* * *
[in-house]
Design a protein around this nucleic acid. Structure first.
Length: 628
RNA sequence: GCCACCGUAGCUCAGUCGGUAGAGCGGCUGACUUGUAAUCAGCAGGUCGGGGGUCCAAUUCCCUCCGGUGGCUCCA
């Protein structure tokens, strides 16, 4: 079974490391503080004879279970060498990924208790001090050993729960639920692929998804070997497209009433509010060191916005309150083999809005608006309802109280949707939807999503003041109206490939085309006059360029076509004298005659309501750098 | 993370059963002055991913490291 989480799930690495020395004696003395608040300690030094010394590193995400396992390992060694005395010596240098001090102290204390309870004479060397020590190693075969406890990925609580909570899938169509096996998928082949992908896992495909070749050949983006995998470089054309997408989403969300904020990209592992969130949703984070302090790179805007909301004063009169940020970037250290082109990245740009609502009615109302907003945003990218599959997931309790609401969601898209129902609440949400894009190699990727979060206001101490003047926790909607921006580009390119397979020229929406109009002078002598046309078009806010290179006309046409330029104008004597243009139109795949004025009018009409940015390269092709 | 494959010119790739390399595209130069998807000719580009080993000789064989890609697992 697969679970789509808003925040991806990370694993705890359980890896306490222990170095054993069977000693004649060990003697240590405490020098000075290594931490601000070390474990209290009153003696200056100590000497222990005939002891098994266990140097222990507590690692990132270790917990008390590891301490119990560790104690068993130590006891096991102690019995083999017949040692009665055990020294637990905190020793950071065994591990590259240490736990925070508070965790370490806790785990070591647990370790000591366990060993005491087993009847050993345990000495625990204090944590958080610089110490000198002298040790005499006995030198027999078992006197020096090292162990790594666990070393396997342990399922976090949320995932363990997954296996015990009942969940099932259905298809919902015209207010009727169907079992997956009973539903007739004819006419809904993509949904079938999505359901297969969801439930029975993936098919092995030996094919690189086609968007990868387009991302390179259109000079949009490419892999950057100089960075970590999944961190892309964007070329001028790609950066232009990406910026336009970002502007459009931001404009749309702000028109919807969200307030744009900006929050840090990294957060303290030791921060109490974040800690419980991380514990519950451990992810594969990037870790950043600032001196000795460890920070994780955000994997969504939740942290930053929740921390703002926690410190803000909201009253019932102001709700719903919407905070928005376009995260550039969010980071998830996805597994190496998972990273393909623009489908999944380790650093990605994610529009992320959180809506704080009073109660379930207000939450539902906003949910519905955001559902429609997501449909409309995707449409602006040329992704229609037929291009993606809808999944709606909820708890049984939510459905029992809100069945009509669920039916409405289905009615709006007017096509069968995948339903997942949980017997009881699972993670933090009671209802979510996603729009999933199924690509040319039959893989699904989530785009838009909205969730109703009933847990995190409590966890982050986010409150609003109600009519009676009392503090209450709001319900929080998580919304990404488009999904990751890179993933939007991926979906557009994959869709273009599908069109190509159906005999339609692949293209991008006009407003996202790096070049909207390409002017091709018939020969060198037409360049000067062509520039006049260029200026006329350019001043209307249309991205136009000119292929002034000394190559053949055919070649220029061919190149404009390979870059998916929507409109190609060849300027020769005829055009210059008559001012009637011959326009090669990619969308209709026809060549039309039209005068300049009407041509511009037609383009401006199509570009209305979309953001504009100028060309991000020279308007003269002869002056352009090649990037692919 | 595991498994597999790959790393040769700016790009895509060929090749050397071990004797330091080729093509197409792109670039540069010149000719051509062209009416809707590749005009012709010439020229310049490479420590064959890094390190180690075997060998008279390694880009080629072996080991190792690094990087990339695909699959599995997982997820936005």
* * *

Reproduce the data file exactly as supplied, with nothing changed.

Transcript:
[in-house]
Design a protein around this nucleic acid. Structure first.
Length: 628
RNA sequence: GCCACCGUAGCUCAGUCGGUAGAGCGGCUGACUUGUAAUCAGCAGGUCGGGGGUCCAAUUCCCUCCGGUGGCUCCA
């Protein structure tokens, strides 16, 4: 079974490391503080004879279970060498990924208790001090050993729960639920692929998804070997497209009433509010060191916005309150083999809005608006309802109280949707939807999503003041109206490939085309006059360029076509004298005659309501750098 | 993370059963002055991913490291 989480799930690495020395004696003395608040300690030094010394590193995400396992390992060694005395010596240098001090102290204390309870004479060397020590190693075969406890990925609580909570899938169509096996998928082949992908896992495909070749050949983006995998470089054309997408989403969300904020990209592992969130949703984070302090790179805007909301004063009169940020970037250290082109990245740009609502009615109302907003945003990218599959997931309790609401969601898209129902609440949400894009190699990727979060206001101490003047926790909607921006580009390119397979020229929406109009002078002598046309078009806010290179006309046409330029104008004597243009139109795949004025009018009409940015390269092709 | 494959010119790739390399595209130069998807000719580009080993000789064989890609697992 697969679970789509808003925040991806990370694993705890359980890896306490222990170095054993069977000693004649060990003697240590405490020098000075290594931490601000070390474990209290009153003696200056100590000497222990005939002891098994266990140097222990507590690692990132270790917990008390590891301490119990560790104690068993130590006891096991102690019995083999017949040692009665055990020294637990905190020793950071065994591990590259240490736990925070508070965790370490806790785990070591647990370790000591366990060993005491087993009847050993345990000495625990204090944590958080610089110490000198002298040790005499006995030198027999078992006197020096090292162990790594666990070393396997342990399922976090949320995932363990997954296996015990009942969940099932259905298809919902015209207010009727169907079992997956009973539903007739004819006419809904993509949904079938999505359901297969969801439930029975993936098919092995030996094919690189086609968007990868387009991302390179259109000079949009490419892999950057100089960075970590999944961190892309964007070329001028790609950066232009990406910026336009970002502007459009931001404009749309702000028109919807969200307030744009900006929050840090990294957060303290030791921060109490974040800690419980991380514990519950451990992810594969990037870790950043600032001196000795460890920070994780955000994997969504939740942290930053929740921390703002926690410190803000909201009253019932102001709700719903919407905070928005376009995260550039969010980071998830996805597994190496998972990273393909623009489908999944380790650093990605994610529009992320959180809506704080009073109660379930207000939450539902906003949910519905955001559902429609997501449909409309995707449409602006040329992704229609037929291009993606809808999944709606909820708890049984939510459905029992809100069945009509669920039916409405289905009615709006007017096509069968995948339903997942949980017997009881699972993670933090009671209802979510996603729009999933199924690509040319039959893989699904989530785009838009909205969730109703009933847990995190409590966890982050986010409150609003109600009519009676009392503090209450709001319900929080998580919304990404488009999904990751890179993933939007991926979906557009994959869709273009599908069109190509159906005999339609692949293209991008006009407003996202790096070049909207390409002017091709018939020969060198037409360049000067062509520039006049260029200026006329350019001043209307249309991205136009000119292929002034000394190559053949055919070649220029061919190149404009390979870059998916929507409109190609060849300027020769005829055009210059008559001012009637011959326009090669990619969308209709026809060549039309039209005068300049009407041509511009037609383009401006199509570009209305979309953001504009100028060309991000020279308007003269002869002056352009090649990037692919 | 595991498994597999790959790393040769700016790009895509060929090749050397071990004797330091080729093509197409792109670039540069010149000719051509062209009416809707590749005009012709010439020229310049490479420590064959890094390190180690075997060998008279390694880009080629072996080991190792690094990087990339695909699959599995997982997820936005």